“For colder water stuff, I definitely have more confidence throwing an 8-inch Hud,” said Palaniuk in reference to one of the most popular swimbaits of all time, the Huddleston.

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“That’s definitely my single favorite, cold-water, go-to swimbait.”

Targeting Pre-Spawn Bass with Big Swimbaits

“It seems like when the water hits that 50-degree mark, that’s when the Huddleston comes into play. You can get bit below 50-degrees but it’s a lot tougher. When the water temperature gets to 55-degrees, I’ll start mixing the glide baits in. But they’ll still eat a Hud, even on the bed.”

“Earlier in the year when the water is still cold, I’m mostly counting that bait down and just crawling it on the bottom with a super slow and steady retrieve. One trick to get more action out of the bait at that slower speed is to boil water and then drop the bait in it for 15-to-20-seconds and soften it up. Then I’ll hang them overnight by the line-tie so that they get nice and straight.”

“I’ll tend to fish the Huddleston around the base of riprap or offshore rock piles. Those first places where pre-spawn fish pull up before they start to move up onto the flats and stuff. Those first little staging places where you can cast past that stuff and fish slow and steady by it. They’re a lot of the same places where guys are throwing football jigs that time of year.”

“When I’m fishing a Hud, I hold my rod tip down and across my body. I’m trying to keep the bait down on the bottom and I also want to be able to deliver the biggest hookset possible. So having the rod across my body and down allows me to be headed in the right direction as soon as one eats it.”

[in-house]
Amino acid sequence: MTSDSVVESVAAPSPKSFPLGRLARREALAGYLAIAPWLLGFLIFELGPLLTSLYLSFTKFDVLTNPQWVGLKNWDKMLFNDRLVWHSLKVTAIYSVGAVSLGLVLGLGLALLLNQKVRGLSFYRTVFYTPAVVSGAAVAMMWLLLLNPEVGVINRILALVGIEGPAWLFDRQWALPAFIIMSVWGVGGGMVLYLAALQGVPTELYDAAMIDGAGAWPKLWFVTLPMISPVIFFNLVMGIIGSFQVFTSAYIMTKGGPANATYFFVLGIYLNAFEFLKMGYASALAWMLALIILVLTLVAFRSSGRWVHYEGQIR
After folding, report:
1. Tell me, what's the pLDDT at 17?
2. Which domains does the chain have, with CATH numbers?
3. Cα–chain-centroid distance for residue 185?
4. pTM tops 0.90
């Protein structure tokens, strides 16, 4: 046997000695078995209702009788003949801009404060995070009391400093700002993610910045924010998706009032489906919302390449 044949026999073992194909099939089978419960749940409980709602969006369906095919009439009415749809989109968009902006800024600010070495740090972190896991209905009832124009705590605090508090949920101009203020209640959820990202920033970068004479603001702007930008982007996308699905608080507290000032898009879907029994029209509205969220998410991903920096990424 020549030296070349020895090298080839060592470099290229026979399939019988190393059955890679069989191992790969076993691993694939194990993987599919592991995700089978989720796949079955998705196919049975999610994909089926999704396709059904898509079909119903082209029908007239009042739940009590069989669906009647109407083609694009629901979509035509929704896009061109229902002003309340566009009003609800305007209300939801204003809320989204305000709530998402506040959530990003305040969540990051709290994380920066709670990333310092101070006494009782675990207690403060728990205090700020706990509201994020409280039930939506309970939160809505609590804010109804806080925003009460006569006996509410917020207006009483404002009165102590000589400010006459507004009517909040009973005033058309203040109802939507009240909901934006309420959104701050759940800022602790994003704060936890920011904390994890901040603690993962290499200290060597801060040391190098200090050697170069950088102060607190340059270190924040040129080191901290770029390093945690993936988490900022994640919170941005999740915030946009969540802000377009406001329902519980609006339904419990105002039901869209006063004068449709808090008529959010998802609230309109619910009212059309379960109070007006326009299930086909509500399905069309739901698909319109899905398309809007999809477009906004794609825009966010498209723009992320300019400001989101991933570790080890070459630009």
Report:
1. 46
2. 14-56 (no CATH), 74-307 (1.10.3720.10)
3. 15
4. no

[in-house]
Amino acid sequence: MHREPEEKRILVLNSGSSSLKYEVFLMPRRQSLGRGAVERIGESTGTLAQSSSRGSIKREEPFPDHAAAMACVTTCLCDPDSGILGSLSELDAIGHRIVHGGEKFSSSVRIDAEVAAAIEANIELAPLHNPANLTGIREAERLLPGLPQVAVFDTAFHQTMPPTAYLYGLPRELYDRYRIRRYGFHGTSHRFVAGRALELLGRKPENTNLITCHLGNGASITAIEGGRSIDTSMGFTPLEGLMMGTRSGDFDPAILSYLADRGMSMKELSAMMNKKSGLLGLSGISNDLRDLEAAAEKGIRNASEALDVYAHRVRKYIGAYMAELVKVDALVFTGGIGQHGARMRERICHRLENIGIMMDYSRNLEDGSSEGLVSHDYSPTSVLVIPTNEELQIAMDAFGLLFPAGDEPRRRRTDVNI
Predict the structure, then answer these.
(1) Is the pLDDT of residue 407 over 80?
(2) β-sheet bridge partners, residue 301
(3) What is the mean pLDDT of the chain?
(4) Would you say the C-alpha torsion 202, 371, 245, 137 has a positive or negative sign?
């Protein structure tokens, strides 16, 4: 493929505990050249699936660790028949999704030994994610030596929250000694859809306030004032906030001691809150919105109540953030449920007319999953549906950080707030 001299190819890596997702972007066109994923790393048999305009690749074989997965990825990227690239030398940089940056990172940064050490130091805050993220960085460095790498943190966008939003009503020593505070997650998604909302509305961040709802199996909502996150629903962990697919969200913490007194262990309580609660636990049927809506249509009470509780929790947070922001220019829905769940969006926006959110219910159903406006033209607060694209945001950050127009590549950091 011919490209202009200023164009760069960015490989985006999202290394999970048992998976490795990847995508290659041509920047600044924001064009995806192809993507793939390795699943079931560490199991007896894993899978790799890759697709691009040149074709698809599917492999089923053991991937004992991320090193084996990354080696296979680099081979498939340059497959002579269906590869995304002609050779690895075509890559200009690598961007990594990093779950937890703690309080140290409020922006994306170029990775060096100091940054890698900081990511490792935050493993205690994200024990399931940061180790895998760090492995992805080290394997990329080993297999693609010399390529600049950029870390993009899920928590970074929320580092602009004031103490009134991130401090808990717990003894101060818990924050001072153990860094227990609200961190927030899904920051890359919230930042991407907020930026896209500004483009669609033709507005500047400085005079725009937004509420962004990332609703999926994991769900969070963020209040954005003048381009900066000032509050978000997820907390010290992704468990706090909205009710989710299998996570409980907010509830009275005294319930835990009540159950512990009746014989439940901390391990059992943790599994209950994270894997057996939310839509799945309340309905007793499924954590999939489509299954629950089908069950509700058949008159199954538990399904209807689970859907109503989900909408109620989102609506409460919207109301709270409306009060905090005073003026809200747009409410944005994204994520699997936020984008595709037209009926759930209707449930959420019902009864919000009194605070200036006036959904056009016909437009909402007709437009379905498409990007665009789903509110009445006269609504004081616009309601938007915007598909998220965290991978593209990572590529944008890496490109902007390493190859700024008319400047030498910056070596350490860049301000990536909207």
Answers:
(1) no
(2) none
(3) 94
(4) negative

How Hard Is It as a Tournament Angler Not to Throw Big Swimbaits?

“For me as a tournament angler, it’s tough. I love to doing it so much that knowing when to keep it in your hand and when to put it down is probably the hardest thing. It really just comes down to what body of water you’re on, what time of year it is, and intuition.”

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“If you’re on Guntersville in April, you can pick up one of those big baits and throw it all day and catch enough fish on it to compete. But say it’s Guntersville in February, you’re probably not going to be able to get enough bites. There’s times and places for it in tournament fishing, you just have to determine how the fish are positioned and what type of mood they’re in and if you’re able to come across enough fish that are willing to bite.”

What Does an Ideal Tournament Fishery Look like for Brandon Palaniuk When Trying to Decide to Throw a Big Bait or Not?